A Walking Food Tour of Rome
If the first thing we think about Rome is ancient ruins of the former Roman civilization, the second is food. Italy has a love affair with food like no other country in Europe. Shared meals are cherished and food preparation is practically a religion. Italians appreciate the subtleties of freshness and quality of ingredients.
While in Rome, I joined the Walks of Italy Rome Food Tour. It was a fun—and deliciously filling—morning out. I’m glad I skipped breakfast that morning.
I’ll take you along with me in chronological order through the tour.
Meeting in Campo de Fiori
Our group met the Campo de Fiori, a colorful square which morphs from a morning produce market into an evening outdoor dining area. Our tour guide, Simona, arrived with a smile and a crusty loaf of fresh bread. We would need this bread, she explained, to soak up olive oil and balsamic vinegar. Tasting these two Italian specialties would be difficult at 10am without hearty bread.
This is the oldest functioning market in Rome and specializes in two things: fresh local produce for nearby residents and specialty products for tourists. You’ll find several kinds of radishes, mushrooms, arucola, and other veggies depending on the season.
In the section devoted to olive oils, we learned the subtle differences between the varieties and learned the basic types of vinegars, some of which are very expensive. After dipping our bread to sample each, we moved over to the cheese shop. Here we tried mozzarella di bufala, pecorino, and Parmigiano-Reggiano.
Each of the cheeses was excellent. Simona explained that the mozzarella di bufala is so delicious because it comes from grass-fed water buffalo. The pecorino is slightly different depending on the region, and we were told of fine art that is aging a good Parmigiano-Reggiano.
The Italians are masters at making cured meats. So we drifted across the Campo to Norcineria Viola, a family-run business since 1890. In the back of the shop we bumped into the shop’s friendly employees while they sliced meats for other customers. We stood around a table, shared a carafe of wine and sampled a tray of meats. Capocollo, coppetta, and a variety of salamis made with liver, wild fennel, and white truffle.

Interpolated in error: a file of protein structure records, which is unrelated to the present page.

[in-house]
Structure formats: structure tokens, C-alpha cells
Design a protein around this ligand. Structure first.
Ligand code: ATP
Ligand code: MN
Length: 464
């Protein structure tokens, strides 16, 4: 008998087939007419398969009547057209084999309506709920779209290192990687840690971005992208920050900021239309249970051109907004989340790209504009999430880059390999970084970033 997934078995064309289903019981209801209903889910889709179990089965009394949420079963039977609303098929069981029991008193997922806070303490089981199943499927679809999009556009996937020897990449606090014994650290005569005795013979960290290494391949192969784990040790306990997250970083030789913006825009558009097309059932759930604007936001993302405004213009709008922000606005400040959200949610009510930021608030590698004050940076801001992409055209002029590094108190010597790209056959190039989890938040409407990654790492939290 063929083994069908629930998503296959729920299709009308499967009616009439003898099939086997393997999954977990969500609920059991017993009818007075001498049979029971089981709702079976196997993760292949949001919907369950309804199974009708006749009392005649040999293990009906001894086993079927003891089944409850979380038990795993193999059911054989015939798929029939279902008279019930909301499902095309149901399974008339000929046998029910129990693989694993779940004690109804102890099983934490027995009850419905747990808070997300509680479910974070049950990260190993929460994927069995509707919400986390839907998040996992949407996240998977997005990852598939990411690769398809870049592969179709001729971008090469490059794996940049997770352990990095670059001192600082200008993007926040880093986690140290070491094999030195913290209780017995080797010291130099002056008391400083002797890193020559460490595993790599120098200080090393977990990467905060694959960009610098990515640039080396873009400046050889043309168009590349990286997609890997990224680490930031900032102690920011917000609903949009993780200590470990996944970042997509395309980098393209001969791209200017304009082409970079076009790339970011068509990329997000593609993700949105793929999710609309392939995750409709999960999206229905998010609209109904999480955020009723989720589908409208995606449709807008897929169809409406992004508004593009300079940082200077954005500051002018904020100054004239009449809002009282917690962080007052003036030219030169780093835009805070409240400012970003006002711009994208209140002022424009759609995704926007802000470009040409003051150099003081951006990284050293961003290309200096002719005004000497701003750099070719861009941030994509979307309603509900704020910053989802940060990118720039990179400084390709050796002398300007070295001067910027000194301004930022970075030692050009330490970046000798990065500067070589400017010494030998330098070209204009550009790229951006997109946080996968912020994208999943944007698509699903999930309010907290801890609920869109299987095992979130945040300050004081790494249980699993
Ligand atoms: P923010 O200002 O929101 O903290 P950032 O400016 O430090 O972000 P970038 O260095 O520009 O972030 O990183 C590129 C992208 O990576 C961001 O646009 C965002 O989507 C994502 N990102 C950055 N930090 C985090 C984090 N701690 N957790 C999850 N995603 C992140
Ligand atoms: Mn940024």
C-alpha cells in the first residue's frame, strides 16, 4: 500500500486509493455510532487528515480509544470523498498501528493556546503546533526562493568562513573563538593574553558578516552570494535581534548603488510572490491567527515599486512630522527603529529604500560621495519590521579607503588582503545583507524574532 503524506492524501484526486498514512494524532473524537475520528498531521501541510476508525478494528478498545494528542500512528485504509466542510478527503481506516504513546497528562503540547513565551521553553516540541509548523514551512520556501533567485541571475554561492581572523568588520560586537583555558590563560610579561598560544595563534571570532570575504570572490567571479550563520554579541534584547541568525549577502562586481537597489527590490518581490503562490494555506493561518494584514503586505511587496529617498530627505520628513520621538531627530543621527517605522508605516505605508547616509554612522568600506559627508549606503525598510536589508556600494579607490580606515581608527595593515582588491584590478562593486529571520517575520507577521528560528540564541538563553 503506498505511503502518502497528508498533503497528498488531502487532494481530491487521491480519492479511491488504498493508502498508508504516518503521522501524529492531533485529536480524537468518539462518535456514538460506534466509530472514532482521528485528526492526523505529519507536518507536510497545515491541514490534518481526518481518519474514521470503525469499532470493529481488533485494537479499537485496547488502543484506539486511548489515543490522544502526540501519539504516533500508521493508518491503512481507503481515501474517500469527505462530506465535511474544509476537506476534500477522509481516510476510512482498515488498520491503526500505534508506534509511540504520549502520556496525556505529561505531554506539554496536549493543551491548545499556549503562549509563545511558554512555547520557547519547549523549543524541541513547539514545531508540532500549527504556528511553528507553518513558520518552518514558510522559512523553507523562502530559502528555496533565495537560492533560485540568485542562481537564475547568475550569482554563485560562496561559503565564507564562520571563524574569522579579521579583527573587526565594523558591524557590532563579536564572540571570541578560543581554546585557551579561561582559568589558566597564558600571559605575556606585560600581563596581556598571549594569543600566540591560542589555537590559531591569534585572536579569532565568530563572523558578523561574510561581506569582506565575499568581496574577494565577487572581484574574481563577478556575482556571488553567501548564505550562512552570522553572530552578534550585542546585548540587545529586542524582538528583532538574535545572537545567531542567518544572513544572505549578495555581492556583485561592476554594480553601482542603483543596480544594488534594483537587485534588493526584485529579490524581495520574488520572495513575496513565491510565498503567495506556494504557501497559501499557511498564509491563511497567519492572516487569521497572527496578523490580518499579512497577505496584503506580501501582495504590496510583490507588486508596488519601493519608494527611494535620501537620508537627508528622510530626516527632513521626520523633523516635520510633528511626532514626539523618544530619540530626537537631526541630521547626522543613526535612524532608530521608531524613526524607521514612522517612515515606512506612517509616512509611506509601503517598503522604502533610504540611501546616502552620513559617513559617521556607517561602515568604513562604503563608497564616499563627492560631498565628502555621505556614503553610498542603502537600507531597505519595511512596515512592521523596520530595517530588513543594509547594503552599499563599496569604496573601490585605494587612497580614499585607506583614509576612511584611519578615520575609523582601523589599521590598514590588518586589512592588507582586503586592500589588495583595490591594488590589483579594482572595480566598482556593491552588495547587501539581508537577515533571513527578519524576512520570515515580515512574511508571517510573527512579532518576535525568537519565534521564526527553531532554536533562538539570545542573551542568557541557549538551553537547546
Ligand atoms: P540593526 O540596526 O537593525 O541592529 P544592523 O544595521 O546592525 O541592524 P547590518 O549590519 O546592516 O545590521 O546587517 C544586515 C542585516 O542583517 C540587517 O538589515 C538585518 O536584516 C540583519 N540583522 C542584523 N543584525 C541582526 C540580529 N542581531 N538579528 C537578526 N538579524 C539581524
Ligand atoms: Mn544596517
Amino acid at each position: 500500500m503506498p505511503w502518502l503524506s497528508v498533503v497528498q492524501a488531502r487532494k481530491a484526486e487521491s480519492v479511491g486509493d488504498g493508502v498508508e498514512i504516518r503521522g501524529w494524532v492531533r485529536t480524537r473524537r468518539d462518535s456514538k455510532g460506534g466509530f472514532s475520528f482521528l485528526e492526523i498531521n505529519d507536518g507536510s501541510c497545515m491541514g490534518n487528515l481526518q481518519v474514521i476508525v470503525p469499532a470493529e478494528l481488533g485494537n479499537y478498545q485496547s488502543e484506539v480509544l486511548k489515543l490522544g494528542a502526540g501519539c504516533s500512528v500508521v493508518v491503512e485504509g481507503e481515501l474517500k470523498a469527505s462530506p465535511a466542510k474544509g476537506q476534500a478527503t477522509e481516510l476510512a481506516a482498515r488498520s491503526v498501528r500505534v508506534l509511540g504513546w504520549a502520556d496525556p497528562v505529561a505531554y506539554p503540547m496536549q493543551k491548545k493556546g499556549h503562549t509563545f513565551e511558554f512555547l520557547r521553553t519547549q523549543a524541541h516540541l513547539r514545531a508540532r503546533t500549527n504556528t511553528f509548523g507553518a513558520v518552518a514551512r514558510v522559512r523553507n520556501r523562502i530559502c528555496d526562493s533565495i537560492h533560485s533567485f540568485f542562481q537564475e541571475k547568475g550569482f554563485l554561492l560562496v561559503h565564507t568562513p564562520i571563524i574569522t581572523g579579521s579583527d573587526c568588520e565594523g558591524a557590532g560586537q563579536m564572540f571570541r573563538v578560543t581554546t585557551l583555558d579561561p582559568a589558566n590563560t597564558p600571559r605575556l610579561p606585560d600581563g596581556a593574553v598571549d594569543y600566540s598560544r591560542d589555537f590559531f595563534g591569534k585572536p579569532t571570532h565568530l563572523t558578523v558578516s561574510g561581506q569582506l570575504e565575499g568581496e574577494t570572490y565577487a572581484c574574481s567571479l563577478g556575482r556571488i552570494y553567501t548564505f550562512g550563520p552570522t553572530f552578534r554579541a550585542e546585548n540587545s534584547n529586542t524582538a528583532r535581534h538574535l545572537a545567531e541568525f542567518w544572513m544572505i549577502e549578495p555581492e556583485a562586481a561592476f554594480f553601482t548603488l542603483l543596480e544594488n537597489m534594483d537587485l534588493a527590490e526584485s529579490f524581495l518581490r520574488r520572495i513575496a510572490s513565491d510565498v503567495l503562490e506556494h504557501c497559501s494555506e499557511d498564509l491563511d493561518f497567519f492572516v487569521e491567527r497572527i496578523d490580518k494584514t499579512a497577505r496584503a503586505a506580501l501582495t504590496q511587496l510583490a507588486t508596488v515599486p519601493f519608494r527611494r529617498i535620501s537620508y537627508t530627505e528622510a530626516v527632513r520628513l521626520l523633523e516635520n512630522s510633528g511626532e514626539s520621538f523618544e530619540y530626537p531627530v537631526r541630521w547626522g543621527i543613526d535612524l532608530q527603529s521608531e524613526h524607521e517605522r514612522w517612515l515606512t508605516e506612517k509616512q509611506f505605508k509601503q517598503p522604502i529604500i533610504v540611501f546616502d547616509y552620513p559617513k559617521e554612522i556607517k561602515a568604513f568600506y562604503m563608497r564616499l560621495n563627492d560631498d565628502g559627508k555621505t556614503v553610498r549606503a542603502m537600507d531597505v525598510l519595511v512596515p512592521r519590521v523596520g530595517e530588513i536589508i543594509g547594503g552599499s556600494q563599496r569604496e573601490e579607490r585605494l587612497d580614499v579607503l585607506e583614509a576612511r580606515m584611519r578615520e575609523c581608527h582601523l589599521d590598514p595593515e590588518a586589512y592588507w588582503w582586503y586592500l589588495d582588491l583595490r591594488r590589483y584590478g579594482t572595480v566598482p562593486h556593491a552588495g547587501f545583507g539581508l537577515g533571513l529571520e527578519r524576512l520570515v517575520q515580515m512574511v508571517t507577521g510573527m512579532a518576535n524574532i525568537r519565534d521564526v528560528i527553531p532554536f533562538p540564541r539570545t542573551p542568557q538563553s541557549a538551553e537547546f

As if we didn’t have enough food already, we took a short walk over to a neighborhood pizzeria. The tour says you’ll be experiencing “Pizza-making at an authentic Italian restaurant” and all that is true except you won’t really be “making” the pizza, just sort of throwing the toppings on. That said, it is a good time, and the pizza is delicious. The key to a good pizza involves many different aspects, but the wood-fire oven is crucial.
Stuffed from our pizza, we strolled past Piaza Navona on the way to one of Rome’s best gelaterias. This one served up delicious Sicilian-style gelato. I tasted a trio of hazelnut, pistachio, and vanilla. Tip for finding good gelato: look for gelaterias serving it out of metal trays. This means it’s made in-house. Also, the colors should be dull. This means the gelato is the natural color. Bright or florescent gelato is usually artificially colored or somehow unnatural.
We finished our food walking tour of Rome with a stop at the city’s best coffee shop. I was skeptical that we would be taken to the best coffee in a city that breeds great coffee, but Simona came through. I approved. It was outstanding, and the best I had while in Italy. A way to tell the quality of espresso is by the amount of coffee foam on top. The place: Sant’ Eustachio near the Pantheon.
As we finished our coffee, the group stood around to chat for a while before Simona led us over to the Pantheon and bid us farewell.
Disclosure: I received a complimentary tour from Walks of Italy, but the contents and opinion expressed in this article are entirely my own.